Will I Pass on Type 1 Diabetes to My Baby?

It is natural for people with type 1 diabetes (T1D) to worry about the possibility of passing the disease on to their children. Reassuringly, the disease does not develop in a majority of people with genetic risk factors. But that said, your child will still have a greater risk of developing type 1 than the general population—on average, this risk is about fifteen times greater for someone with a relative who has the disease. 
Besides having a parent with the disease, your child’s risk of inheriting type 1 can be impacted by additional factors like: 

  • Gender
  • Race/ethnicity 
  • Where you live (the disease is more common in countries further from the equator) 
  • How old you were when you developed type 1 diabetes 
  • The presence of diabetes-related autoantibodies in your body
  • Whether one or both parents have the disease
  • Your age when the baby is born (if you are a woman) 
  • Having certain immune system disorders in addition to type 1

Source: ADA

It is important to remember that one’s genetic makeup is not the only factor at play. In fact, 80 percent of people with type 1 diabetes have no family history of the disease.  
Researchers are still trying to understand exactly how genes and environmental factors interact to determine a person’s risk of developing type 1 diabetes—for example, certain viruses that target beta cells, causing the body’s autoimmune response to go awry and attack healthy cells. According to ADA, early diet may also play a role in the development of the disease; it is less common in people who were breastfed and in those who began eating solid food at later ages.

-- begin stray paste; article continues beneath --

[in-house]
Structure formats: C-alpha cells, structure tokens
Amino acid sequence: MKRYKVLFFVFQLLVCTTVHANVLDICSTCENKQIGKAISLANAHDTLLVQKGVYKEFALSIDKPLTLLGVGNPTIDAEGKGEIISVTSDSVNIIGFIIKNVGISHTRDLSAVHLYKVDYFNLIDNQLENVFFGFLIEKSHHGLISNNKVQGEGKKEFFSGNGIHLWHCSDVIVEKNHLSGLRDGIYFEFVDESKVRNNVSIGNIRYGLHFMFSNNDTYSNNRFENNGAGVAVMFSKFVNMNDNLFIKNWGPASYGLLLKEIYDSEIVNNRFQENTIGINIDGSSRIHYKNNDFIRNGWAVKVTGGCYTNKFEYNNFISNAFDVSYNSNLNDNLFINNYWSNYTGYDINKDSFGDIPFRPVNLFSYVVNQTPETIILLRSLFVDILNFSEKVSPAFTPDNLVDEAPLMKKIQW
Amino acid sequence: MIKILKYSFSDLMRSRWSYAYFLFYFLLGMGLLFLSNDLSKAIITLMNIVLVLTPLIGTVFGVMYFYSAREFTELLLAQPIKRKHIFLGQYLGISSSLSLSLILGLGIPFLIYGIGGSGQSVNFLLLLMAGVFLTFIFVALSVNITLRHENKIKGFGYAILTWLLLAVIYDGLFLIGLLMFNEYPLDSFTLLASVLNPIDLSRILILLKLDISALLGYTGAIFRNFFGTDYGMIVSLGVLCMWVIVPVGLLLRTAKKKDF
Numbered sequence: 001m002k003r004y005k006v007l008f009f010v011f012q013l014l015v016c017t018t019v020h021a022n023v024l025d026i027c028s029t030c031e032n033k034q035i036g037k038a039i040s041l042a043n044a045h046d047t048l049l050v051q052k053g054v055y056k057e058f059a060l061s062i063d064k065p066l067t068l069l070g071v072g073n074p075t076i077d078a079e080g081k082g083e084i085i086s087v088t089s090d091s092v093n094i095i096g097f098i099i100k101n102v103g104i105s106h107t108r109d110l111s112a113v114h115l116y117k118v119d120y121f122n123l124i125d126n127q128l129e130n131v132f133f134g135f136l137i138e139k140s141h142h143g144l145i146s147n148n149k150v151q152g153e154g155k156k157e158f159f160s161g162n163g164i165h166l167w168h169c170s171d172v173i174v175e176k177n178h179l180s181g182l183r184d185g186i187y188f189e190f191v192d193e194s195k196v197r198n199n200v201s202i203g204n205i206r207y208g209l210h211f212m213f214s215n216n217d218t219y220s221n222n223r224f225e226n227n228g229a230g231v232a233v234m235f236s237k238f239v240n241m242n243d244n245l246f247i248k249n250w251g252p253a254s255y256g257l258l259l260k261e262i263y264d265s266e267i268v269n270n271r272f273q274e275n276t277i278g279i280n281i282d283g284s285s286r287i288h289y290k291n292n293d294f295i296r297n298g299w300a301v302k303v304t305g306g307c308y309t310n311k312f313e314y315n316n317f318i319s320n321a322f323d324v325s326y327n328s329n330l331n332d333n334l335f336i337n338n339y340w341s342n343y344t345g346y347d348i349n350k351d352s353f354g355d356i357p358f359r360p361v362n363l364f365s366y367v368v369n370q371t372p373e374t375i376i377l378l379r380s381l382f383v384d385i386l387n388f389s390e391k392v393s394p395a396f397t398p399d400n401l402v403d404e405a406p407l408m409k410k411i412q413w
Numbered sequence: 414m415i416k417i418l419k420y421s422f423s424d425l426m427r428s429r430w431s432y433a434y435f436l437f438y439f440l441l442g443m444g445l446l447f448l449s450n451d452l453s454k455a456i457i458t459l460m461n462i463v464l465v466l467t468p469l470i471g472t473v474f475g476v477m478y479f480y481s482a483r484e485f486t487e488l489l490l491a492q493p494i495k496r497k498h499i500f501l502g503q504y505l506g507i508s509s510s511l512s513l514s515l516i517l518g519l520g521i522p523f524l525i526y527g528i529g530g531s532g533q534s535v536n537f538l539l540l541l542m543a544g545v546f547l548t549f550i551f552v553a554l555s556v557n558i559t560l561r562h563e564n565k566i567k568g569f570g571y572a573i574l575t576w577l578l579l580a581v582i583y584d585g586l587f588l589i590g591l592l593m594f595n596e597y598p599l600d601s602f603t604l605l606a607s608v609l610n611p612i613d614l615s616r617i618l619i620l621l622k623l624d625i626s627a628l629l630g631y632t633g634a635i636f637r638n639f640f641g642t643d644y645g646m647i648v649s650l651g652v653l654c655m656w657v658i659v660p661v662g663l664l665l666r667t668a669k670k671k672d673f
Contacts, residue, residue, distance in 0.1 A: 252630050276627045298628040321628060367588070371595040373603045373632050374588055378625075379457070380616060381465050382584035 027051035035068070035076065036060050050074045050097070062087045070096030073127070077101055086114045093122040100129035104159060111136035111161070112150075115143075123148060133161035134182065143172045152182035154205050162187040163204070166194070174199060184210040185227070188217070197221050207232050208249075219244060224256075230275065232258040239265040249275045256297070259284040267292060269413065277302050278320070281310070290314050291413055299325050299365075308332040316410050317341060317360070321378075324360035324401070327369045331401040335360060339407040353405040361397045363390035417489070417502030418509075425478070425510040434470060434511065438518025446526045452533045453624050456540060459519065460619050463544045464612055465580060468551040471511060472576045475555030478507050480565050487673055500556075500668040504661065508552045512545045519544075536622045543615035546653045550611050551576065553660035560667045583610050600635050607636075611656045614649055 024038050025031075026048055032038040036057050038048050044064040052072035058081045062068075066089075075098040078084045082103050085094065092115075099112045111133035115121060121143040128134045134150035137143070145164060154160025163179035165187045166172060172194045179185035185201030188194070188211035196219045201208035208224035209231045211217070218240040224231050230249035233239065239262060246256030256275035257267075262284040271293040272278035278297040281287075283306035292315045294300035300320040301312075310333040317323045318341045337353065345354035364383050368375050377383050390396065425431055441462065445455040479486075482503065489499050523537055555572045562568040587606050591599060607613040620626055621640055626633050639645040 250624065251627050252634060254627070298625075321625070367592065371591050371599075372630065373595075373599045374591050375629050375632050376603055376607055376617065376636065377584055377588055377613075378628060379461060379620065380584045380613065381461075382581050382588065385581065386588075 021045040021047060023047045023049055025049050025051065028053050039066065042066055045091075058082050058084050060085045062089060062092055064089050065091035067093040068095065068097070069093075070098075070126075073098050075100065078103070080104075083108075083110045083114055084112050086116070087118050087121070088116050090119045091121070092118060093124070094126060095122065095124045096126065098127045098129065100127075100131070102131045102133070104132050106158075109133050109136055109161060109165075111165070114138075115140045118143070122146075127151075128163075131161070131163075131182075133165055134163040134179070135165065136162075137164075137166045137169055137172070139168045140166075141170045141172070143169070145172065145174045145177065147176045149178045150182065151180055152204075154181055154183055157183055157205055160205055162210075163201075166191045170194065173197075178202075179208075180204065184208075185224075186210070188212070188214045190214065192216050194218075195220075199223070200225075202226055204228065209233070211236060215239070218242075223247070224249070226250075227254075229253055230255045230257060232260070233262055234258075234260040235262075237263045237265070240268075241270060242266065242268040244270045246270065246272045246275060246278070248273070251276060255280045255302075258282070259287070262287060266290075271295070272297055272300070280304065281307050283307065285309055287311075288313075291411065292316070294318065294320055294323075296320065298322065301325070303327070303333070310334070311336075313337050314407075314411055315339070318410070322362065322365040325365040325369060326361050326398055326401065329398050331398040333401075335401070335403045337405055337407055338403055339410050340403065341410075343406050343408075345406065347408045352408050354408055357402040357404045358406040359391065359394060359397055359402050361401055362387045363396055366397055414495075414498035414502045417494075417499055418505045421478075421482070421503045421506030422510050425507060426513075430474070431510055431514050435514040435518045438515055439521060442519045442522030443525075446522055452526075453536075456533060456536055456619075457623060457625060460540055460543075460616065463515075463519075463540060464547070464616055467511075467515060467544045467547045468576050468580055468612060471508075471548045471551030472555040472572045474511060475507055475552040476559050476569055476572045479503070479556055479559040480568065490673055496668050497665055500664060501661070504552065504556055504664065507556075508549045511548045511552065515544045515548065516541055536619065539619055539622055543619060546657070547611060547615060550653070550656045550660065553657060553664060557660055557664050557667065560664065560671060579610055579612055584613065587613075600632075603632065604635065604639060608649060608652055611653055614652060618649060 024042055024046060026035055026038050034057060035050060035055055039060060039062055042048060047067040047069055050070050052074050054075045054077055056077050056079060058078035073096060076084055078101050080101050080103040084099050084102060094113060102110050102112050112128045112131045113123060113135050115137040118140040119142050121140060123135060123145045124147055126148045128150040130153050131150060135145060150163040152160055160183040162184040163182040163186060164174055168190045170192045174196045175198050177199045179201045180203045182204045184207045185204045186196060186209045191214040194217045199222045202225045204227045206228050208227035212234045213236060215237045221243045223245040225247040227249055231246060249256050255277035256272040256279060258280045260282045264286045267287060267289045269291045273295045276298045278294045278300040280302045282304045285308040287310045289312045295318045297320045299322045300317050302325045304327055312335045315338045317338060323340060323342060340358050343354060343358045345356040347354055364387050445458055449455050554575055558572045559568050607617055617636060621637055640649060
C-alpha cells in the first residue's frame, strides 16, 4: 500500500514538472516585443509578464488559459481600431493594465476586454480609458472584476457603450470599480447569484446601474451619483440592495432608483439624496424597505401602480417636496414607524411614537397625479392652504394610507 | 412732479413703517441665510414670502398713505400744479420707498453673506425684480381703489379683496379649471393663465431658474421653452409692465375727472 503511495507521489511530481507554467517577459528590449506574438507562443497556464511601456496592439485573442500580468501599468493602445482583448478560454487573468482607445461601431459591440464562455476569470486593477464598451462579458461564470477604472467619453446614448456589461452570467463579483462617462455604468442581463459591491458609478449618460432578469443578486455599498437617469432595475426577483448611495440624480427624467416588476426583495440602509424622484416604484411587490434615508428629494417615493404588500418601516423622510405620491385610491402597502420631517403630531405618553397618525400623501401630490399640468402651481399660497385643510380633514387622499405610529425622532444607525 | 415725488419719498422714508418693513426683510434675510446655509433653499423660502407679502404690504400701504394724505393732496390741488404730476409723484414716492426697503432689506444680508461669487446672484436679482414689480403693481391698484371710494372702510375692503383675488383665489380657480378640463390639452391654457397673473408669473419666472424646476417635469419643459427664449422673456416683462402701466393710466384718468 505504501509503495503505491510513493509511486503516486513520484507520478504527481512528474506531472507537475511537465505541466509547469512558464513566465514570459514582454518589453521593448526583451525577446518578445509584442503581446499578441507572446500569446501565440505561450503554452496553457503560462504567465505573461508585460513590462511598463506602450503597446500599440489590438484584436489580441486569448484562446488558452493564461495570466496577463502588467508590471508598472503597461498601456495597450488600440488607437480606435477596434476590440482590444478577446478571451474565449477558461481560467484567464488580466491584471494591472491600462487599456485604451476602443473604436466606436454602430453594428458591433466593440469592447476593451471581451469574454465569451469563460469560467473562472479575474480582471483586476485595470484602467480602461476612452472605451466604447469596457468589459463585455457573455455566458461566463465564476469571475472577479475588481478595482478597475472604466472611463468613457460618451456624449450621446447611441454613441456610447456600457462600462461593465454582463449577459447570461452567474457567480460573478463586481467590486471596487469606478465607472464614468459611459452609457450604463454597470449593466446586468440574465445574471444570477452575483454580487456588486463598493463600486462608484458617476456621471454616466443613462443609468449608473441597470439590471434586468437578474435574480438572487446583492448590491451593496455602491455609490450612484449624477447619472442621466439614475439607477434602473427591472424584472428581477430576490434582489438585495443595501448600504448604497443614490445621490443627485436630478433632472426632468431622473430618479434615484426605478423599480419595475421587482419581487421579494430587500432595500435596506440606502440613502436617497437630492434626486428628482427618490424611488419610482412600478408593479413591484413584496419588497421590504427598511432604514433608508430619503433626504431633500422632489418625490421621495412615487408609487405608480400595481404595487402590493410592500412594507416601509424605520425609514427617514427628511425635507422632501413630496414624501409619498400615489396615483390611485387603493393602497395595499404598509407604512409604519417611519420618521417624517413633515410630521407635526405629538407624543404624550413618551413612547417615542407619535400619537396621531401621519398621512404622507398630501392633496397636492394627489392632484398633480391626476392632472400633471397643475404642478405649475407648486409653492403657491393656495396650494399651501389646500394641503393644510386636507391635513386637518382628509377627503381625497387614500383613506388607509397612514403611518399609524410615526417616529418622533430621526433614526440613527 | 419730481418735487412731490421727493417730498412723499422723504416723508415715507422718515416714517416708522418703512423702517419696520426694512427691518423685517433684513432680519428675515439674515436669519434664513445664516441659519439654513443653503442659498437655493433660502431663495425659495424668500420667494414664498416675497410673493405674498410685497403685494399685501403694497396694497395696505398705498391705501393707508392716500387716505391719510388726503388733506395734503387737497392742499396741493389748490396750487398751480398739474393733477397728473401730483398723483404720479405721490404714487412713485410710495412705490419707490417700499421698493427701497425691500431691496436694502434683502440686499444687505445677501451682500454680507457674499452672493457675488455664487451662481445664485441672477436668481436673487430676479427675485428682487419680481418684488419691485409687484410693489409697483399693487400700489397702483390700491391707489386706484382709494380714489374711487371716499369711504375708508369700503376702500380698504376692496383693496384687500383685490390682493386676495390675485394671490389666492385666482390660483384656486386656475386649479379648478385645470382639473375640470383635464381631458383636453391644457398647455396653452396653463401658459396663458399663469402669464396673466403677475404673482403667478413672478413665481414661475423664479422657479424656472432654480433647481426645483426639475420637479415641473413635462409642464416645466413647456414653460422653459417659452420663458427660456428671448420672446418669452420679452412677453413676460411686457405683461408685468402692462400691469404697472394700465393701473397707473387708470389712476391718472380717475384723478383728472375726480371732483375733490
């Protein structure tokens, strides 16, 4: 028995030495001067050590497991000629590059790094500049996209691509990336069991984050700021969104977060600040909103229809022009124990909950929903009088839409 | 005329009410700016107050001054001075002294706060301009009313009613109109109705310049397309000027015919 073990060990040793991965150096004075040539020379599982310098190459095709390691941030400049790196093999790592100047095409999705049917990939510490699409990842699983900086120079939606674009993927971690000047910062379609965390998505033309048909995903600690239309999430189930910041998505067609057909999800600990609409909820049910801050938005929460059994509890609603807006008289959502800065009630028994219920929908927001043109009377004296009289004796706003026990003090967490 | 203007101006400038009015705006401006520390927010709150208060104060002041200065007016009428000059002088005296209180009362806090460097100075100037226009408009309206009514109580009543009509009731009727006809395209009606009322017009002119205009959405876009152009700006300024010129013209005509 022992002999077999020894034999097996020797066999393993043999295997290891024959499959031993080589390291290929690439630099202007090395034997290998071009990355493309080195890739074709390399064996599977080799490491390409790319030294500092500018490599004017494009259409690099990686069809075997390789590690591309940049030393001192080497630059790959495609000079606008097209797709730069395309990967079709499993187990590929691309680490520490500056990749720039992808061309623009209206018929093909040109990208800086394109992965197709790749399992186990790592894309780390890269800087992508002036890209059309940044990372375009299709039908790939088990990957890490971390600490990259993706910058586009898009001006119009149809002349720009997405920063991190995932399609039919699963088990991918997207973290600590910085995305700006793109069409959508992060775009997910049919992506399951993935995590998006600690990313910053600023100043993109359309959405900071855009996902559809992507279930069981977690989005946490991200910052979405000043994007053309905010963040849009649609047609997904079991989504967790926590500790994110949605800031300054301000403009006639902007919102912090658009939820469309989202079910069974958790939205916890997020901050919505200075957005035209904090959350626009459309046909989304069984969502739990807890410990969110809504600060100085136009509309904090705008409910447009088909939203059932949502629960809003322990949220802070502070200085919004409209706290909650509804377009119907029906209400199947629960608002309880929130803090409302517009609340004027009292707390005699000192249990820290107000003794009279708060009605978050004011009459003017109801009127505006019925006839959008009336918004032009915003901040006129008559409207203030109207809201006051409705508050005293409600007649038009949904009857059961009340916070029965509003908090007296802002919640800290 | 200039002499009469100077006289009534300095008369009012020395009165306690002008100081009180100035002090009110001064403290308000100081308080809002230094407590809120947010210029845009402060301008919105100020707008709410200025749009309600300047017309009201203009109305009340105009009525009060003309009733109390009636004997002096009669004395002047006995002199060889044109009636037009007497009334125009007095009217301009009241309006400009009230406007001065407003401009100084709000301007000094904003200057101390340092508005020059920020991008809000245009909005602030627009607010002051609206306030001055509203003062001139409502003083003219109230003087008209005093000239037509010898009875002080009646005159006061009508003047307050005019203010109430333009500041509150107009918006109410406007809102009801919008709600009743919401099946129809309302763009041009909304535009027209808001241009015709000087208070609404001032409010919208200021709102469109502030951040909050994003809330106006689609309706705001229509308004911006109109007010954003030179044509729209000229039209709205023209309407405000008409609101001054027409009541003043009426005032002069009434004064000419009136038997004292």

Will the Disease Develop as My Kids Grow Up?

The question of whether your child has type 1 diabetes will always linger in the back of your mind as you watch them grow up. When they are thirsty and drinking more than usual, you’ll wonder if it could be type 1 diabetes or if they’re just dehydrated from playing outside on a hot summer day. When they wake up to use the bathroom more than once in the night, you’ll have that question in the back of your head.  
Antibody tests may help predict the development of the disease before symptoms appear. There are families in which none of the children develop type 1 diabetes, some families in which all of the kids are diagnosed, and some families where some kids have type 1 diabetes, and some do not. To learn more about your family’s risk, visit TrialNet

Signs of Type 1 Diabetes in Kids

Of course, as a parent, you hope your child does not develop type 1 diabetes. However, it is important for you to be aware of the symptoms of the disease in children, so that you can recognize them early and get your child tested.

  • Frequent urination and thirst: Having high blood sugar eliminates fluids from the body, which will lead to increased thirst and the need to take more bathroom breaks throughout the day. 
  • Fatigue: If your child is constantly tired, it may be a sign that their body is having trouble turning sugar in the bloodstream into energy. 
  • Changes in vision: High blood sugar levels can lead to blurred vision or other eyesight problems. 
  • Fruity smelling breath: If your child’s breath smells fruity, it could be a result of excess sugar in the blood. 
  • Extreme hunger and unexplained weight loss: When your child’s muscles and organs aren’t receiving enough energy, it can trigger extreme hunger. And sudden weight loss—especially if they are eating more—should not be ignored. 
  • Unusual behavior: If your child seems more moody or restless than normal—and it’s in conjunction with the symptoms above—it could be cause for concern.

The signs of type 1 diabetes may differ slightly for kids of different ages. If you have a toddler or teen, learn more about the symptoms they might experience. 

JDRF funds studies into what causes T1D so that we can learn how to cure it.